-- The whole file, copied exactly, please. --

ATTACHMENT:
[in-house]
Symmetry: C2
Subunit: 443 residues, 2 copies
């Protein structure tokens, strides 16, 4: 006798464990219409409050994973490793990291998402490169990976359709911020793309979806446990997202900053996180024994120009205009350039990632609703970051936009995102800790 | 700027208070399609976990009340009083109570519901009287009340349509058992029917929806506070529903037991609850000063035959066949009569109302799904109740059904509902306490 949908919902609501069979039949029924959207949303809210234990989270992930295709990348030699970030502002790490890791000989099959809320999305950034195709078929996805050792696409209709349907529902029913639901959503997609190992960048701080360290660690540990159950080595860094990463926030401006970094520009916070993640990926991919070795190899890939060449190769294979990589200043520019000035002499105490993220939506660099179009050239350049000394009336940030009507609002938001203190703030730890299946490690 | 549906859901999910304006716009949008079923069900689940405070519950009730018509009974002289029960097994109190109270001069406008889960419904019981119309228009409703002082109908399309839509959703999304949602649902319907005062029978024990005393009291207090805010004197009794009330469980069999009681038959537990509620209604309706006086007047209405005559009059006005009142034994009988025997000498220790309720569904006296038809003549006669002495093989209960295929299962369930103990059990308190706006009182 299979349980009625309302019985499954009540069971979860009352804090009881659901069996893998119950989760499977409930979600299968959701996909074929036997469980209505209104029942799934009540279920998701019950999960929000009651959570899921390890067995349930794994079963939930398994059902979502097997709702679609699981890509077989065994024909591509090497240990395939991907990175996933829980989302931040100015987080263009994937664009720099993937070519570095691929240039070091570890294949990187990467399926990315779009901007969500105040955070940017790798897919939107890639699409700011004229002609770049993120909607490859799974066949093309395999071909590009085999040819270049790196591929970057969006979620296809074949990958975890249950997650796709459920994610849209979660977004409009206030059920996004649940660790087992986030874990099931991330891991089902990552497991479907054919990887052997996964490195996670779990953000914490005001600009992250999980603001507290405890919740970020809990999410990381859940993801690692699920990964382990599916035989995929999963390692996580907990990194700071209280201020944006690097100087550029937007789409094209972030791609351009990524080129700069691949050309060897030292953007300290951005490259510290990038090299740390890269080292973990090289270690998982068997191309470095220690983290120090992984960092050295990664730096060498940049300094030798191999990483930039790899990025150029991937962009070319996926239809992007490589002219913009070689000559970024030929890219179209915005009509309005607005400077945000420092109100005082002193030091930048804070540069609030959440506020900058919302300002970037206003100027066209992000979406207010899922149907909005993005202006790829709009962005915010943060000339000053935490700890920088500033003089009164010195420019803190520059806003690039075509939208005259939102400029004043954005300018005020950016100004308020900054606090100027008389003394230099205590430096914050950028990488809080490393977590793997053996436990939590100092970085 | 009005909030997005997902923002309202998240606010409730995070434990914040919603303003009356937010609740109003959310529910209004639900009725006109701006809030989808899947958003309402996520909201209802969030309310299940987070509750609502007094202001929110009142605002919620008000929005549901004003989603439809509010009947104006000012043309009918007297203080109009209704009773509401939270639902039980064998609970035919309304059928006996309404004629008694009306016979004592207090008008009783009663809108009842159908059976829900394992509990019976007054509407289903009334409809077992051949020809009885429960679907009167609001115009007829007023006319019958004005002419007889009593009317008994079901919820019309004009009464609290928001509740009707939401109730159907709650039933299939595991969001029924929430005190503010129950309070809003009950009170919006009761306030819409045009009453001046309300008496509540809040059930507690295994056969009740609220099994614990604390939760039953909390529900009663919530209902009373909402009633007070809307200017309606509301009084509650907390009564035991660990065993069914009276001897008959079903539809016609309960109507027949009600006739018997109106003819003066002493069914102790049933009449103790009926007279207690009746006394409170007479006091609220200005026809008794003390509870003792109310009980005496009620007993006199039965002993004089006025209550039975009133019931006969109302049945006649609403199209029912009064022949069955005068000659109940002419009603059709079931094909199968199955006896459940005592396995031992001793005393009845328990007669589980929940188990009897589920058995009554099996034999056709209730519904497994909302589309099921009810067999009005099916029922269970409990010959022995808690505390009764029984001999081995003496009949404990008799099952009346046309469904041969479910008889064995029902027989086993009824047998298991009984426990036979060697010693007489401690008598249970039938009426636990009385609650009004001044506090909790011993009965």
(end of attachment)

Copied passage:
[in-house]
Symmetry: C2
Subunit: 443 residues, 2 copies
């Protein structure tokens, strides 16, 4: 006798464990219409409050994973490793990291998402490169990976359709911020793309979806446990997202900053996180024994120009205009350039990632609703970051936009995102800790 | 700027208070399609976990009340009083109570519901009287009340349509058992029917929806506070529903037991609850000063035959066949009569109302799904109740059904509902306490 949908919902609501069979039949029924959207949303809210234990989270992930295709990348030699970030502002790490890791000989099959809320999305950034195709078929996805050792696409209709349907529902029913639901959503997609190992960048701080360290660690540990159950080595860094990463926030401006970094520009916070993640990926991919070795190899890939060449190769294979990589200043520019000035002499105490993220939506660099179009050239350049000394009336940030009507609002938001203190703030730890299946490690 | 549906859901999910304006716009949008079923069900689940405070519950009730018509009974002289029960097994109190109270001069406008889960419904019981119309228009409703002082109908399309839509959703999304949602649902319907005062029978024990005393009291207090805010004197009794009330469980069999009681038959537990509620209604309706006086007047209405005559009059006005009142034994009988025997000498220790309720569904006296038809003549006669002495093989209960295929299962369930103990059990308190706006009182 299979349980009625309302019985499954009540069971979860009352804090009881659901069996893998119950989760499977409930979600299968959701996909074929036997469980209505209104029942799934009540279920998701019950999960929000009651959570899921390890067995349930794994079963939930398994059902979502097997709702679609699981890509077989065994024909591509090497240990395939991907990175996933829980989302931040100015987080263009994937664009720099993937070519570095691929240039070091570890294949990187990467399926990315779009901007969500105040955070940017790798897919939107890639699409700011004229002609770049993120909607490859799974066949093309395999071909590009085999040819270049790196591929970057969006979620296809074949990958975890249950997650796709459920994610849209979660977004409009206030059920996004649940660790087992986030874990099931991330891991089902990552497991479907054919990887052997996964490195996670779990953000914490005001600009992250999980603001507290405890919740970020809990999410990381859940993801690692699920990964382990599916035989995929999963390692996580907990990194700071209280201020944006690097100087550029937007789409094209972030791609351009990524080129700069691949050309060897030292953007300290951005490259510290990038090299740390890269080292973990090289270690998982068997191309470095220690983290120090992984960092050295990664730096060498940049300094030798191999990483930039790899990025150029991937962009070319996926239809992007490589002219913009070689000559970024030929890219179209915005009509309005607005400077945000420092109100005082002193030091930048804070540069609030959440506020900058919302300002970037206003100027066209992000979406207010899922149907909005993005202006790829709009962005915010943060000339000053935490700890920088500033003089009164010195420019803190520059806003690039075509939208005259939102400029004043954005300018005020950016100004308020900054606090100027008389003394230099205590430096914050950028990488809080490393977590793997053996436990939590100092970085 | 009005909030997005997902923002309202998240606010409730995070434990914040919603303003009356937010609740109003959310529910209004639900009725006109701006809030989808899947958003309402996520909201209802969030309310299940987070509750609502007094202001929110009142605002919620008000929005549901004003989603439809509010009947104006000012043309009918007297203080109009209704009773509401939270639902039980064998609970035919309304059928006996309404004629008694009306016979004592207090008008009783009663809108009842159908059976829900394992509990019976007054509407289903009334409809077992051949020809009885429960679907009167609001115009007829007023006319019958004005002419007889009593009317008994079901919820019309004009009464609290928001509740009707939401109730159907709650039933299939595991969001029924929430005190503010129950309070809003009950009170919006009761306030819409045009009453001046309300008496509540809040059930507690295994056969009740609220099994614990604390939760039953909390529900009663919530209902009373909402009633007070809307200017309606509301009084509650907390009564035991660990065993069914009276001897008959079903539809016609309960109507027949009600006739018997109106003819003066002493069914102790049933009449103790009926007279207690009746006394409170007479006091609220200005026809008794003390509870003792109310009980005496009620007993006199039965002993004089006025209550039975009133019931006969109302049945006649609403199209029912009064022949069955005068000659109940002419009603059709079931094909199968199955006896459940005592396995031992001793005393009845328990007669589980929940188990009897589920058995009554099996034999056709209730519904497994909302589309099921009810067999009005099916029922269970409990010959022995808690505390009764029984001999081995003496009949404990008799099952009346046309469904041969479910008889064995029902027989086993009824047998298991009984426990036979060697010693007489401690008598249970039938009426636990009385609650009004001044506090909790011993009965």